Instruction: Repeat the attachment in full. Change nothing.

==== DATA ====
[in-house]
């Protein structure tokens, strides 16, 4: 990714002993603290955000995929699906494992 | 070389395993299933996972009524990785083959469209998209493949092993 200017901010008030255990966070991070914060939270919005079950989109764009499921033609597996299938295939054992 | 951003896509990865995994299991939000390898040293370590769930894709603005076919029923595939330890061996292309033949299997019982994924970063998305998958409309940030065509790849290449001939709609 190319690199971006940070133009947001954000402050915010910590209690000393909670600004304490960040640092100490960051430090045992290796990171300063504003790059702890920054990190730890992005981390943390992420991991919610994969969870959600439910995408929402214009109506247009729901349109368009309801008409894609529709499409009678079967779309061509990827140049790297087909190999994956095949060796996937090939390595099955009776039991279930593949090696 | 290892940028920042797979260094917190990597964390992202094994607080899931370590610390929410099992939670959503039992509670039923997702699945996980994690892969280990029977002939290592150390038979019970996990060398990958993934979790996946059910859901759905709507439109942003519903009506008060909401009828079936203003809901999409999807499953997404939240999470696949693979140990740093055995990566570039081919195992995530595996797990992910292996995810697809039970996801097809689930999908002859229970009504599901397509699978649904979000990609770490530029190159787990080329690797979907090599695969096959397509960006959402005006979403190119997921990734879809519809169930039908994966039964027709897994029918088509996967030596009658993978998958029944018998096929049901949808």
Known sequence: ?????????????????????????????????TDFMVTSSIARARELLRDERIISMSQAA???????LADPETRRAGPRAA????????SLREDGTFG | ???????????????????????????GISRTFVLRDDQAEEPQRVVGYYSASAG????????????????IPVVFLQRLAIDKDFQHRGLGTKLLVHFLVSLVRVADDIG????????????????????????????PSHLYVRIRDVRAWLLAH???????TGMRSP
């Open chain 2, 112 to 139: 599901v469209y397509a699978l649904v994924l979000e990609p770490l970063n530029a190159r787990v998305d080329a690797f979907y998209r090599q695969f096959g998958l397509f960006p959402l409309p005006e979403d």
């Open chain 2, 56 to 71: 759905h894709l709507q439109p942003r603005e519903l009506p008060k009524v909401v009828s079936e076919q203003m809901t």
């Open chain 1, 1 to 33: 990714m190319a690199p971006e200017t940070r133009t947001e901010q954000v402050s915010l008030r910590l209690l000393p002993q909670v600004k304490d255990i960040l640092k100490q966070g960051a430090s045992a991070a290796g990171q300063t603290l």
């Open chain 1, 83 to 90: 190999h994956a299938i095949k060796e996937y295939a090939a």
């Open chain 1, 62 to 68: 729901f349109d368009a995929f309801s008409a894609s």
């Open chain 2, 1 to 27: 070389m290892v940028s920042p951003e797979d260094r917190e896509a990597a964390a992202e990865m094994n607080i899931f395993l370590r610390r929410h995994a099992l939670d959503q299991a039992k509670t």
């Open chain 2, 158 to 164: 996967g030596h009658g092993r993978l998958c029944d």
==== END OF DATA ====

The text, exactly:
[in-house]
């Protein structure tokens, strides 16, 4: 990714002993603290955000995929699906494992 | 070389395993299933996972009524990785083959469209998209493949092993 200017901010008030255990966070991070914060939270919005079950989109764009499921033609597996299938295939054992 | 951003896509990865995994299991939000390898040293370590769930894709603005076919029923595939330890061996292309033949299997019982994924970063998305998958409309940030065509790849290449001939709609 190319690199971006940070133009947001954000402050915010910590209690000393909670600004304490960040640092100490960051430090045992290796990171300063504003790059702890920054990190730890992005981390943390992420991991919610994969969870959600439910995408929402214009109506247009729901349109368009309801008409894609529709499409009678079967779309061509990827140049790297087909190999994956095949060796996937090939390595099955009776039991279930593949090696 | 290892940028920042797979260094917190990597964390992202094994607080899931370590610390929410099992939670959503039992509670039923997702699945996980994690892969280990029977002939290592150390038979019970996990060398990958993934979790996946059910859901759905709507439109942003519903009506008060909401009828079936203003809901999409999807499953997404939240999470696949693979140990740093055995990566570039081919195992995530595996797990992910292996995810697809039970996801097809689930999908002859229970009504599901397509699978649904979000990609770490530029190159787990080329690797979907090599695969096959397509960006959402005006979403190119997921990734879809519809169930039908994966039964027709897994029918088509996967030596009658993978998958029944018998096929049901949808």
Known sequence: ?????????????????????????????????TDFMVTSSIARARELLRDERIISMSQAA???????LADPETRRAGPRAA????????SLREDGTFG | ???????????????????????????GISRTFVLRDDQAEEPQRVVGYYSASAG????????????????IPVVFLQRLAIDKDFQHRGLGTKLLVHFLVSLVRVADDIG????????????????????????????PSHLYVRIRDVRAWLLAH???????TGMRSP
């Open chain 2, 112 to 139: 599901v469209y397509a699978l649904v994924l979000e990609p770490l970063n530029a190159r787990v998305d080329a690797f979907y998209r090599q695969f096959g998958l397509f960006p959402l409309p005006e979403d």
């Open chain 2, 56 to 71: 759905h894709l709507q439109p942003r603005e519903l009506p008060k009524v909401v009828s079936e076919q203003m809901t």
């Open chain 1, 1 to 33: 990714m190319a690199p971006e200017t940070r133009t947001e901010q954000v402050s915010l008030r910590l209690l000393p002993q909670v600004k304490d255990i960040l640092k100490q966070g960051a430090s045992a991070a290796g990171q300063t603290l």
């Open chain 1, 83 to 90: 190999h994956a299938i095949k060796e996937y295939a090939a």
């Open chain 1, 62 to 68: 729901f349109d368009a995929f309801s008409a894609s």
């Open chain 2, 1 to 27: 070389m290892v940028s920042p951003e797979d260094r917190e896509a990597a964390a992202e990865m094994n607080i899931f395993l370590r610390r929410h995994a099992l939670d959503q299991a039992k509670t």
């Open chain 2, 158 to 164: 996967g030596h009658g092993r993978l998958c029944d």